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All at Sea with the Vikings

sunny 18 °C

Norway is a land of myths and legends, it is also the home of some of the greatest adventurers and explorers the world has ever known. This is a Viking longboat that was built more than 1200 years ago...
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The Oseberg took 32 Norse oarsmen to row, although it could be sailed in the right conditions. and it was more than 90% complete, though flattened, when it was discovered underground nearly a century ago. The woodwork and ornamentation is in amazingly good condition especially as the entire ship was used as a burial sarcophagus for two, (presumably aristocratic), women...
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The Norsemen or Vikings, as they were later known, populated many countries during the Middle Ages and had colonies as far away as Newfoundland, the Black Sea and the Mediterranean. There were two Norse kings of England and the Normans were actually Norse descendants. (Who knew?). Some other things we discovered at the Viking Ship Museum in Oslo is that Vikings didn't wear horned helmets and they didn't push their dead out to sea on burning boats: they buried important people in their boats, together with their dogs, horses, carriages and all manner of grave goods for the afterlife. Several of these perfectly preserved burial boats from the 9th century have been excavated. This is the largest – an ocean going vessel called the Gokstad...
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In addition to the perfectly preserved Viking longships, Oslo is also home to a number of other historic vessels including the Fram...
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The Fram is a ship that was built to withstand the crushing weight of Arctic ice, and more than a hundred years ago it took Norwegian explorer Fridjof Nansens closer to the North Pole than any man previously. However, the Fram is best remembered for its role in taking Roald Amundsen and his team to Antarctica where, in December of 1911, he became the first man to reach the South Pole - a feat equivalent to being the first man on the moon at the time. It was thrilling to visit this iconic ship and to be able to walk around the decks and cabins in the footsteps of Amundsen.
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His original nameplate is still above his cabin door...
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The Norwegian Amundsen had beaten the ill-fated Englishman, Capt. R.F.Scott, to the South Pole by just a few weeks, but this wasn't his first accomplishment. Between 1903 and 1906 Roald Amundsen and a crew of just six were the first to circumnavigate the Arctic by way of the fabled Northwest Passage in this ship – the Gjoa...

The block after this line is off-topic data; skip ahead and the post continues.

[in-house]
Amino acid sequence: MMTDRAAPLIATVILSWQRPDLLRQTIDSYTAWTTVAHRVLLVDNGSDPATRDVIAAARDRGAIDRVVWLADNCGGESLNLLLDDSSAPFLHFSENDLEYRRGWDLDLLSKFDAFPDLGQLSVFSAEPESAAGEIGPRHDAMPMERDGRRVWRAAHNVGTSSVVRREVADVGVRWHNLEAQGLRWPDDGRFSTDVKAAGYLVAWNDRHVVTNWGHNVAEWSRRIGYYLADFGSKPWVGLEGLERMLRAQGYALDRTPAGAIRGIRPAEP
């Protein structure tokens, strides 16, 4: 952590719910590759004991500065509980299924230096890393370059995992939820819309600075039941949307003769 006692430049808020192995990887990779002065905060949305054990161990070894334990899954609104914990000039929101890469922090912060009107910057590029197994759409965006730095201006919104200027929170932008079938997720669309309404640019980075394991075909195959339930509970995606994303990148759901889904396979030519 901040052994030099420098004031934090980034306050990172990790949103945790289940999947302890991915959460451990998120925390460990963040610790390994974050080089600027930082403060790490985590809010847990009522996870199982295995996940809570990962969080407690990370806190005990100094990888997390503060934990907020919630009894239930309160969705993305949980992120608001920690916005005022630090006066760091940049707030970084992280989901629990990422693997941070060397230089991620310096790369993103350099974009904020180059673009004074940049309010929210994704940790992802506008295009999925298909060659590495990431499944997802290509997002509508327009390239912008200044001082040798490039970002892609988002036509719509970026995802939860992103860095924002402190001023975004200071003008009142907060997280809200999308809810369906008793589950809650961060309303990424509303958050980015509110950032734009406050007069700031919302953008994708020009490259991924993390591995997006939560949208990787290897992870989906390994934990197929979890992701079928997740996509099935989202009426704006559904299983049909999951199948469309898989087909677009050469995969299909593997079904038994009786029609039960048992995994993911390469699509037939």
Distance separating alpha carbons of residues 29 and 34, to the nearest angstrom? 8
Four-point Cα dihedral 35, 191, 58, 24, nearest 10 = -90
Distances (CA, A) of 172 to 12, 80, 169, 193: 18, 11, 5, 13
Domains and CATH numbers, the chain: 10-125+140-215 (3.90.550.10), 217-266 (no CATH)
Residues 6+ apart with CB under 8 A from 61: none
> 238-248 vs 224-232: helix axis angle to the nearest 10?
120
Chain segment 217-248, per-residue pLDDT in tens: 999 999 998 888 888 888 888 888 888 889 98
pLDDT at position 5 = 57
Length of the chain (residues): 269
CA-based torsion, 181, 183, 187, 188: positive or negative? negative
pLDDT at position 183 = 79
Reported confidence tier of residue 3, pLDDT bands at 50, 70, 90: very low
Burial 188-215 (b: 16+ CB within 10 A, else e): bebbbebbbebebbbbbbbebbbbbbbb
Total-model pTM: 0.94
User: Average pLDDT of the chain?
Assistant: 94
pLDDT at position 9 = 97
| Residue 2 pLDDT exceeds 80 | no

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It was also thrilling to visit the museum dedicated to one of James' boyhood heroes, Norwegian explorer Thor Heyerdhal. Heyerdhal suffered hydrophobia following a near drowning as a child, yet he led an ocean-going expedition to prove that the original inhabitants of Polynesia had arrived on bamboo rafts after fleeing persecution by the Incas in south America. Who has not heard of the Kon- Tiki expedition? Well – here is the actual bamboo raft that Heyerdhal and five crew sailed seven thousand kilometres across the open Pacific from Peru to Polynesia...
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This remarkable, though possibly foolhardy, voyage began on April 27th 1947,and lasted 101 days. Heyedhal became a hero who went on to build more rafts of papyrus and reeds to show how ancient peoples navigated the world. This is Ra – a papyrus raft that almost crossed the North Atlantic, and nearly killed him and his crew...
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Heyerdhal never gave up his determined quest to prove his generally unaccepted theories of world migration. He could have been right but, in the end, DNA has conclusively proved him wrong – the Polynesians came from Asia.
Tomorrow – more fascinating facts and interesting sights from Norway's delightful capital.

Posted by Hawkson 10:11 Archived in Norway

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Comments

Spectacular posting Jim and Sheila. What powerful images. I would be gob smacked visiting these magnificent vessels and hearing their history. So amazing.

by Sue Fitzwilson

Amazing courage to sail the world in a row boat.

by Janet

Fascinating! Amazing that those flimsy looking things could survive ocean storms. And that beautiful long boat? How could it possibly avoid getting swamped by big waves? (32 frantically bailing seamen, I suppose).

by R and B

I’m extremely disappointed to hear that the burning boat Viking funerals are a myth but the boat burials are a lot better for the world of archaeology!

by Heather

An interesting bit of Norwegian History!

by Keith and Helen

Good history lessons, amigos. We are enjoying a week of autumn warmth - hurrah!

by Joyce

What an amazing collection. Thank you.

by Diane Cornish

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